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Tuesday, February 14, 2012

JSON.stringify Recursion + Max Execution Stack Exceeded

I believe this is a common problem, and we had a similar one today while debugging.
JSON methods do not support recursion ... which is the only thing I am really missing back to PHP serialize days.

Recursion Is Bad

Well, I would say cyclic references are never that good but sometimes these may happen and, specially while testing and debugging, it's more than useful to understand what happened there.
If you have cyclic/cross references in your code I suggest you to use approaches which aim is to avoid these kind of direct links.
Harmony Collections, specially Map and WeakMap, are indeed good helpers to reference indirectly objects without creating, hopefully, first level links and/or recursions.

How To Serialize Anyway

JSON.stringify() accepts a second argument called replacer.
I won't explain more than MDN about its potentials, but it can be really handy to avoid recursions.
A simple way to do it is indeed to store in a stack already parsed objects, included the object itself.
Some other extra operation may be handy too so the debug will be as complete as possible.

var replacer = function (stack, undefined, r, i) {
// a WebReflection hint to avoid recursion
return function replacer(key, value) {
// this happens only first iteration
// key is empty, and value is the object
if (key === "") {
// put the value in the stack
stack = [value];
// and reset the r
r = 0;
return value;
switch(typeof value) {
case "function":
// not allowed in JSON protocol
// let's return some info in any case
return "".concat(
"function ", || "anonymous",
Array(value.length + 1).join(",arg").slice(1),
// is this a primitive value ?
case "boolean":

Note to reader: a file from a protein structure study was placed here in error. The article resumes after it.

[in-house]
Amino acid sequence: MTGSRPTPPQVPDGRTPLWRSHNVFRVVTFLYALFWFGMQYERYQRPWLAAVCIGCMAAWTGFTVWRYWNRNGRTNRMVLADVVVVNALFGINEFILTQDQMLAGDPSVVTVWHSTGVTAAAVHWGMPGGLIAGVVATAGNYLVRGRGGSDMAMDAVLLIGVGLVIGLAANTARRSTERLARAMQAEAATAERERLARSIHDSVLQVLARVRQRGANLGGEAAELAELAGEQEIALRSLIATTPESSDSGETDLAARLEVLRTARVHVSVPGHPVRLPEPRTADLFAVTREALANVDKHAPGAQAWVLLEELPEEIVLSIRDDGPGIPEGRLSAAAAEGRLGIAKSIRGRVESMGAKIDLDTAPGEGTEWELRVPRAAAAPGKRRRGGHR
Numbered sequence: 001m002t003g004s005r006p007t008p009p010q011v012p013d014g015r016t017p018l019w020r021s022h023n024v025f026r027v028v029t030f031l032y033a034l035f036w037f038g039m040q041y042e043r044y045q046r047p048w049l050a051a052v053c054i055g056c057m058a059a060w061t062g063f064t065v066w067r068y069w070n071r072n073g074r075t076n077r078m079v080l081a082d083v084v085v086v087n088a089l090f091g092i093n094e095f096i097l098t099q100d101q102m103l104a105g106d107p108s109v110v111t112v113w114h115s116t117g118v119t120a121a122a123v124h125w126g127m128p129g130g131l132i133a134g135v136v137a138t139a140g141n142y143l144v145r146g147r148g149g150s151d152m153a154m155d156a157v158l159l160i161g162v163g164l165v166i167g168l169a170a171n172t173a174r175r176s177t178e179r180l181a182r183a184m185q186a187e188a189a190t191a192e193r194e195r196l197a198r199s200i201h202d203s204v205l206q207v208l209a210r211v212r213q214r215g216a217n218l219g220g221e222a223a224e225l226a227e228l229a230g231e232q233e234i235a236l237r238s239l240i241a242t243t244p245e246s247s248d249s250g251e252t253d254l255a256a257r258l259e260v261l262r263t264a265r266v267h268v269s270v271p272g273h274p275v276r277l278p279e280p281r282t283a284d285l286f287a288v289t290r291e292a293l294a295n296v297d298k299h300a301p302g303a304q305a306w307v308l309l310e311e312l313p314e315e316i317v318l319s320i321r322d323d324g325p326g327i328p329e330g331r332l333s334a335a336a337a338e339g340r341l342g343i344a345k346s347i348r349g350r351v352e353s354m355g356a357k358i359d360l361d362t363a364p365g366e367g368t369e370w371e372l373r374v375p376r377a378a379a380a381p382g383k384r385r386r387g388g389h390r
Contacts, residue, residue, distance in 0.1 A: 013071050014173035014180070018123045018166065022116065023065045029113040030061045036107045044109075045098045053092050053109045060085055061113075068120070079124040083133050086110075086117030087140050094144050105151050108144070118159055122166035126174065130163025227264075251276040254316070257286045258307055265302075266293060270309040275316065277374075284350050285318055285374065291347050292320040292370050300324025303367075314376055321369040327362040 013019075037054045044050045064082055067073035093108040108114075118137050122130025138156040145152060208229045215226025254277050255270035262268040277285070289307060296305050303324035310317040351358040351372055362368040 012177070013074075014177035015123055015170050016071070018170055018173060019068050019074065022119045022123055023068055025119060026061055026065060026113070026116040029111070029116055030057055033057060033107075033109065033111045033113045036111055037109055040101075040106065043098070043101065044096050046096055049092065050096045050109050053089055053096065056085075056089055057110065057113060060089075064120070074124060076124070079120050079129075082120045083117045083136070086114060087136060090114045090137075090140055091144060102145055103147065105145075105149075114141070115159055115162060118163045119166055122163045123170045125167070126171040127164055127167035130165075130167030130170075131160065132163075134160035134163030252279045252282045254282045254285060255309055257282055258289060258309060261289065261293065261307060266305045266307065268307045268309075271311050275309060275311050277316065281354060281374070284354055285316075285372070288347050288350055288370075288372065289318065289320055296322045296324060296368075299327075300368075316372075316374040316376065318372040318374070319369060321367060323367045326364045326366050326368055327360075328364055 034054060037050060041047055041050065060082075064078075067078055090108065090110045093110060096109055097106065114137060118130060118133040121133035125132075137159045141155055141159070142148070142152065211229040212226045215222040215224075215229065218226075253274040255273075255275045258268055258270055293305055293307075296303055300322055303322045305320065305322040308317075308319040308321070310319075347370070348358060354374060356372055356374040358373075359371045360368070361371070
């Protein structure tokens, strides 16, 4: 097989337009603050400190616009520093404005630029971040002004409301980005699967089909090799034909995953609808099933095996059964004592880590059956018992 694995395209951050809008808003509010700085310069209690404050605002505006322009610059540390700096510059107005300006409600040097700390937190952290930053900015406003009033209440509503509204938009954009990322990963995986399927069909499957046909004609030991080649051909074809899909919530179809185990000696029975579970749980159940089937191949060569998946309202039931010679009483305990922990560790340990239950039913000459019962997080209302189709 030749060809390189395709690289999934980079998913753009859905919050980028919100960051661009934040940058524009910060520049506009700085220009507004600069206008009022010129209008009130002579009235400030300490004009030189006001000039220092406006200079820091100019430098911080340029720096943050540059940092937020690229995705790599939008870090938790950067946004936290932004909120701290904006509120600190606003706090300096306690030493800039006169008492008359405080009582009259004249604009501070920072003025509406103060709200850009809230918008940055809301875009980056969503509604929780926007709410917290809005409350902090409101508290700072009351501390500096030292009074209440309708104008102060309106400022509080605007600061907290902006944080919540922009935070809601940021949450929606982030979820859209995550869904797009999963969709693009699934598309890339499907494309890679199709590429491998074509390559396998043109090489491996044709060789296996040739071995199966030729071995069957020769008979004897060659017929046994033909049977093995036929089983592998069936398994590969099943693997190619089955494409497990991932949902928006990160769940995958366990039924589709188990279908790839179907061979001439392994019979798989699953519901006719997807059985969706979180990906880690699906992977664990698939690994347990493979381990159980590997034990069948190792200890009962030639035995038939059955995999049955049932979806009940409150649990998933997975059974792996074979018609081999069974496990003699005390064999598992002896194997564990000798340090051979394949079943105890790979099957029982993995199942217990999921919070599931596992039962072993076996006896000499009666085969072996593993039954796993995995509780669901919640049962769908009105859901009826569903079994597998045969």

case "number":
case "string":
// primitives cannot have properties
// so these are safe to parse
return value;
// only null does not need to be stored
// for all objects check recursion first
// hopefully 255 calls are enough ...
if (!value || !replacer.filter(value) || 255 < ++r) return undefined;
i = stack.indexOf(value);
// all objects not already parsed
if (i < 0) return stack.push(value) && value;
// all others are duplicated or cyclic
// mark them with index
return "*R" + i;

// reusable to filter some undesired object
// as example HTML node
replacer.filter = function (value) {
// i.e. return !(value instanceof Node)
// to ignore nodes
return value;

A simple example about above function could be this one:

// how to test it
var o = {a:[], b:123, c:{}, e:function test(a,b){}};
o.d = o;
o.c.o = o;
o.c.a = o.a;
o.c.c = o.c;
alert(JSON.stringify(o, replacer));

Above alert will produce this kind of output:
{"a":["*R0",{"o":"*R0","a":"*R1","c":"*R2"}],"b":123,"c":"*R2","e":"function test(arg,arg){}","d":"*R0"}
which is surely not as bad as an exception, isn't it?

The Max Execution Stack Problem

Even using a stack variable, in order to avoid duplicated entries, the reason 255 < ++r is necessary is that the generic object may reference in one or more properties a DOM node.
Specially in big applications, the number of nodes, all unique, could be able to reach the function limit.
A tricky way to know this limit, which is browser and engine dependent, could be this one:

(function (Function, MAX_EXECUTION_STACK) {
if (MAX_EXECUTION_STACK in Function) return;
Function[MAX_EXECUTION_STACK] = function (i) {
try {
(function max(){
++i && max();
} catch(o_O) {
return i;
}(Function, "MAX_EXECUTION_STACK"));

// browser dependent

Unfortunately in the replacer we cannot use this number in any case because we don't know how many other times the function itself will be called but a good compromise, able to generate objects almost impossible to debug, would be Function.MAX_EXECUTION_STACK / 100 so the limit will scale accordingly.
In all other situations where we still have recursion and max execution stack problems but we are those calling our own function, this limit could be more than handy, i.e.

i = 0,
fn = function (obj) {
for (var key in obj) {
if (++i < Function.MAX_EXECUTION_STACK) {

... so now you know ...

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